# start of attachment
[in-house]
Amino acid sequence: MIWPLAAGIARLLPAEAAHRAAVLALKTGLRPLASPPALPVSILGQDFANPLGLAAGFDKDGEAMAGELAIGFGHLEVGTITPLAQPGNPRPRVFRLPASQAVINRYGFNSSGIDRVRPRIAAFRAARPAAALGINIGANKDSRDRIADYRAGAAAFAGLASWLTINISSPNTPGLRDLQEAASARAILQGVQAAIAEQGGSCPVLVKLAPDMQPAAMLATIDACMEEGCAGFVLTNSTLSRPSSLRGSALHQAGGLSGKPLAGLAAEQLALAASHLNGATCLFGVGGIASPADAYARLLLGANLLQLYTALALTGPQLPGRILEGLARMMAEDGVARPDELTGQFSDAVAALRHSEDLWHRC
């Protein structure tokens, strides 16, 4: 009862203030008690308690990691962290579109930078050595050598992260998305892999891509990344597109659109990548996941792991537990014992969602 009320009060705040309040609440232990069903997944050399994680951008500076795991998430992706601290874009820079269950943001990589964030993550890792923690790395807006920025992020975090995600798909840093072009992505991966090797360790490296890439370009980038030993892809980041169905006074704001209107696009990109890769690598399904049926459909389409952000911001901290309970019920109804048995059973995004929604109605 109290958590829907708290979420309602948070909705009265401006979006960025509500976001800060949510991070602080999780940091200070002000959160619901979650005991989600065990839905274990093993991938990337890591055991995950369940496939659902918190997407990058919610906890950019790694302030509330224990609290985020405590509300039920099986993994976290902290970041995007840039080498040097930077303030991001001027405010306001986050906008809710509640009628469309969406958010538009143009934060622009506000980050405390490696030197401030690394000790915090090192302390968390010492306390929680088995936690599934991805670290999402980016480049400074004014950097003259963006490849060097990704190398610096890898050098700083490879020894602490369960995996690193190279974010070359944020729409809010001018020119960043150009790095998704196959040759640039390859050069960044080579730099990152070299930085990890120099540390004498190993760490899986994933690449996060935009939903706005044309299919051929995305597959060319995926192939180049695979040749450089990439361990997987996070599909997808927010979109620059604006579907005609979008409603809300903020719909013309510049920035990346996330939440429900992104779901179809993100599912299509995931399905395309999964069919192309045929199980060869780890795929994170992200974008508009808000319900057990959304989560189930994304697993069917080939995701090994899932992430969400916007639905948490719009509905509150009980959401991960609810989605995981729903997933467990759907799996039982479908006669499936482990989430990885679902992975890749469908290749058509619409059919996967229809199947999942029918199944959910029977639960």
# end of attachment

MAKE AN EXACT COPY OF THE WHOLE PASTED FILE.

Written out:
[in-house]
Amino acid sequence: MIWPLAAGIARLLPAEAAHRAAVLALKTGLRPLASPPALPVSILGQDFANPLGLAAGFDKDGEAMAGELAIGFGHLEVGTITPLAQPGNPRPRVFRLPASQAVINRYGFNSSGIDRVRPRIAAFRAARPAAALGINIGANKDSRDRIADYRAGAAAFAGLASWLTINISSPNTPGLRDLQEAASARAILQGVQAAIAEQGGSCPVLVKLAPDMQPAAMLATIDACMEEGCAGFVLTNSTLSRPSSLRGSALHQAGGLSGKPLAGLAAEQLALAASHLNGATCLFGVGGIASPADAYARLLLGANLLQLYTALALTGPQLPGRILEGLARMMAEDGVARPDELTGQFSDAVAALRHSEDLWHRC
């Protein structure tokens, strides 16, 4: 009862203030008690308690990691962290579109930078050595050598992260998305892999891509990344597109659109990548996941792991537990014992969602 009320009060705040309040609440232990069903997944050399994680951008500076795991998430992706601290874009820079269950943001990589964030993550890792923690790395807006920025992020975090995600798909840093072009992505991966090797360790490296890439370009980038030993892809980041169905006074704001209107696009990109890769690598399904049926459909389409952000911001901290309970019920109804048995059973995004929604109605 109290958590829907708290979420309602948070909705009265401006979006960025509500976001800060949510991070602080999780940091200070002000959160619901979650005991989600065990839905274990093993991938990337890591055991995950369940496939659902918190997407990058919610906890950019790694302030509330224990609290985020405590509300039920099986993994976290902290970041995007840039080498040097930077303030991001001027405010306001986050906008809710509640009628469309969406958010538009143009934060622009506000980050405390490696030197401030690394000790915090090192302390968390010492306390929680088995936690599934991805670290999402980016480049400074004014950097003259963006490849060097990704190398610096890898050098700083490879020894602490369960995996690193190279974010070359944020729409809010001018020119960043150009790095998704196959040759640039390859050069960044080579730099990152070299930085990890120099540390004498190993760490899986994933690449996060935009939903706005044309299919051929995305597959060319995926192939180049695979040749450089990439361990997987996070599909997808927010979109620059604006579907005609979008409603809300903020719909013309510049920035990346996330939440429900992104779901179809993100599912299509995931399905395309999964069919192309045929199980060869780890795929994170992200974008508009808000319900057990959304989560189930994304697993069917080939995701090994899932992430969400916007639905948490719009509905509150009980959401991960609810989605995981729903997933467990759907799996039982479908006669499936482990989430990885679902992975890749469908290749058509619409059919996967229809199947999942029918199944959910029977639960």